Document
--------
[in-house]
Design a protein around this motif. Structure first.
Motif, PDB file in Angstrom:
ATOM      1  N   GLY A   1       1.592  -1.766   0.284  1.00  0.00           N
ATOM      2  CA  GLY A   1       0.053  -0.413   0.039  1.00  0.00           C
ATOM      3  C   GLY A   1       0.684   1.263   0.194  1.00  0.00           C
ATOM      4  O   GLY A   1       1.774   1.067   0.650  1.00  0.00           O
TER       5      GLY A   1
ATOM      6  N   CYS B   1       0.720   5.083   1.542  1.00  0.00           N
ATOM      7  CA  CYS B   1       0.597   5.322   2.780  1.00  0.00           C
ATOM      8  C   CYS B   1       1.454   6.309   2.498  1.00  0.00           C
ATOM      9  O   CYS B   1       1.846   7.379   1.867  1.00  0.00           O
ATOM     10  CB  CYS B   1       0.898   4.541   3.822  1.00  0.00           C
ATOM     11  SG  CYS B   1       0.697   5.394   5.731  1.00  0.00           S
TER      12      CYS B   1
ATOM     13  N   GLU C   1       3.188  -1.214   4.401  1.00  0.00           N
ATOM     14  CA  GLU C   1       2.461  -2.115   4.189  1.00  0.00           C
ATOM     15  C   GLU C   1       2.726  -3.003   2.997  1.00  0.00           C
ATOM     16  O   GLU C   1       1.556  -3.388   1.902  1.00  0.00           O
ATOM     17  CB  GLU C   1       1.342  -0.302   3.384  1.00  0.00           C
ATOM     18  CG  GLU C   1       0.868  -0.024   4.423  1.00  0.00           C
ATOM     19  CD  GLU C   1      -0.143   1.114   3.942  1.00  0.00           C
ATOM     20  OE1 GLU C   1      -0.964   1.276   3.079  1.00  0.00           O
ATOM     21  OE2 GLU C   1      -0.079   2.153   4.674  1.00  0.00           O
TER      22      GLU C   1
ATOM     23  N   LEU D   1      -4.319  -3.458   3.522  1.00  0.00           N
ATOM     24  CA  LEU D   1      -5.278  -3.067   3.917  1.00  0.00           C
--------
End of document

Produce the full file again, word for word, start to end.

[in-house]
Design a protein around this motif. Structure first.
Motif, PDB file in Angstrom:
ATOM      1  N   GLY A   1       1.592  -1.766   0.284  1.00  0.00           N
ATOM      2  CA  GLY A   1       0.053  -0.413   0.039  1.00  0.00           C
ATOM      3  C   GLY A   1       0.684   1.263   0.194  1.00  0.00           C
ATOM      4  O   GLY A   1       1.774   1.067   0.650  1.00  0.00           O
TER       5      GLY A   1
ATOM      6  N   CYS B   1       0.720   5.083   1.542  1.00  0.00           N
ATOM      7  CA  CYS B   1       0.597   5.322   2.780  1.00  0.00           C
ATOM      8  C   CYS B   1       1.454   6.309   2.498  1.00  0.00           C
ATOM      9  O   CYS B   1       1.846   7.379   1.867  1.00  0.00           O
ATOM     10  CB  CYS B   1       0.898   4.541   3.822  1.00  0.00           C
ATOM     11  SG  CYS B   1       0.697   5.394   5.731  1.00  0.00           S
TER      12      CYS B   1
ATOM     13  N   GLU C   1       3.188  -1.214   4.401  1.00  0.00           N
ATOM     14  CA  GLU C   1       2.461  -2.115   4.189  1.00  0.00           C
ATOM     15  C   GLU C   1       2.726  -3.003   2.997  1.00  0.00           C
ATOM     16  O   GLU C   1       1.556  -3.388   1.902  1.00  0.00           O
ATOM     17  CB  GLU C   1       1.342  -0.302   3.384  1.00  0.00           C
ATOM     18  CG  GLU C   1       0.868  -0.024   4.423  1.00  0.00           C
ATOM     19  CD  GLU C   1      -0.143   1.114   3.942  1.00  0.00           C
ATOM     20  OE1 GLU C   1      -0.964   1.276   3.079  1.00  0.00           O
ATOM     21  OE2 GLU C   1      -0.079   2.153   4.674  1.00  0.00           O
TER      22      GLU C   1
ATOM     23  N   LEU D   1      -4.319  -3.458   3.522  1.00  0.00           N
ATOM     24  CA  LEU D   1      -5.278  -3.067   3.917  1.00  0.00           C